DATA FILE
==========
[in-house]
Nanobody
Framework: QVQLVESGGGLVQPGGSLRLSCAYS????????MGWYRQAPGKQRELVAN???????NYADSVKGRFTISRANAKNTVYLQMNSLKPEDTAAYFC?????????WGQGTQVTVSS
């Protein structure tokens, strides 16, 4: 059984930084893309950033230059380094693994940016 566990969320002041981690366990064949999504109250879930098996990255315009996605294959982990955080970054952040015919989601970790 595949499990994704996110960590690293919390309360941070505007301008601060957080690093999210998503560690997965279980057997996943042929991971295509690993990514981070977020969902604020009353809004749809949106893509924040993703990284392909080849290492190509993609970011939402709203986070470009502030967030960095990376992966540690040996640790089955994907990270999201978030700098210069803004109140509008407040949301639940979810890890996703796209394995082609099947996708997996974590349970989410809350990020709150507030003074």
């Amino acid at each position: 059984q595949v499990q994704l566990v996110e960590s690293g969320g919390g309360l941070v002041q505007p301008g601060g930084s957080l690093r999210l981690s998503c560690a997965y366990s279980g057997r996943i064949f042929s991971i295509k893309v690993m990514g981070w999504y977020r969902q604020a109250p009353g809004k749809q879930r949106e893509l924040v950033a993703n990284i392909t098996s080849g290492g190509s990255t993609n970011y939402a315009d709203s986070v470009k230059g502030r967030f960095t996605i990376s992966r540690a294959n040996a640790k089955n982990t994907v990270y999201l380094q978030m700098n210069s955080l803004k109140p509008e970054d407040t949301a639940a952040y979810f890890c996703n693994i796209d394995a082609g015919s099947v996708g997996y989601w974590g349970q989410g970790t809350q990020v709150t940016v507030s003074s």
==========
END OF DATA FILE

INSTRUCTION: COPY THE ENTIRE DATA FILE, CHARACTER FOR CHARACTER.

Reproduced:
[in-house]
Nanobody
Framework: QVQLVESGGGLVQPGGSLRLSCAYS????????MGWYRQAPGKQRELVAN???????NYADSVKGRFTISRANAKNTVYLQMNSLKPEDTAAYFC?????????WGQGTQVTVSS
């Protein structure tokens, strides 16, 4: 059984930084893309950033230059380094693994940016 566990969320002041981690366990064949999504109250879930098996990255315009996605294959982990955080970054952040015919989601970790 595949499990994704996110960590690293919390309360941070505007301008601060957080690093999210998503560690997965279980057997996943042929991971295509690993990514981070977020969902604020009353809004749809949106893509924040993703990284392909080849290492190509993609970011939402709203986070470009502030967030960095990376992966540690040996640790089955994907990270999201978030700098210069803004109140509008407040949301639940979810890890996703796209394995082609099947996708997996974590349970989410809350990020709150507030003074």
């Amino acid at each position: 059984q595949v499990q994704l566990v996110e960590s690293g969320g919390g309360l941070v002041q505007p301008g601060g930084s957080l690093r999210l981690s998503c560690a997965y366990s279980g057997r996943i064949f042929s991971i295509k893309v690993m990514g981070w999504y977020r969902q604020a109250p009353g809004k749809q879930r949106e893509l924040v950033a993703n990284i392909t098996s080849g290492g190509s990255t993609n970011y939402a315009d709203s986070v470009k230059g502030r967030f960095t996605i990376s992966r540690a294959n040996a640790k089955n982990t994907v990270y999201l380094q978030m700098n210069s955080l803004k109140p509008e970054d407040t949301a639940a952040y979810f890890c996703n693994i796209d394995a082609g015919s099947v996708g997996y989601w974590g349970q989410g970790t809350q990020v709150t940016v507030s003074s």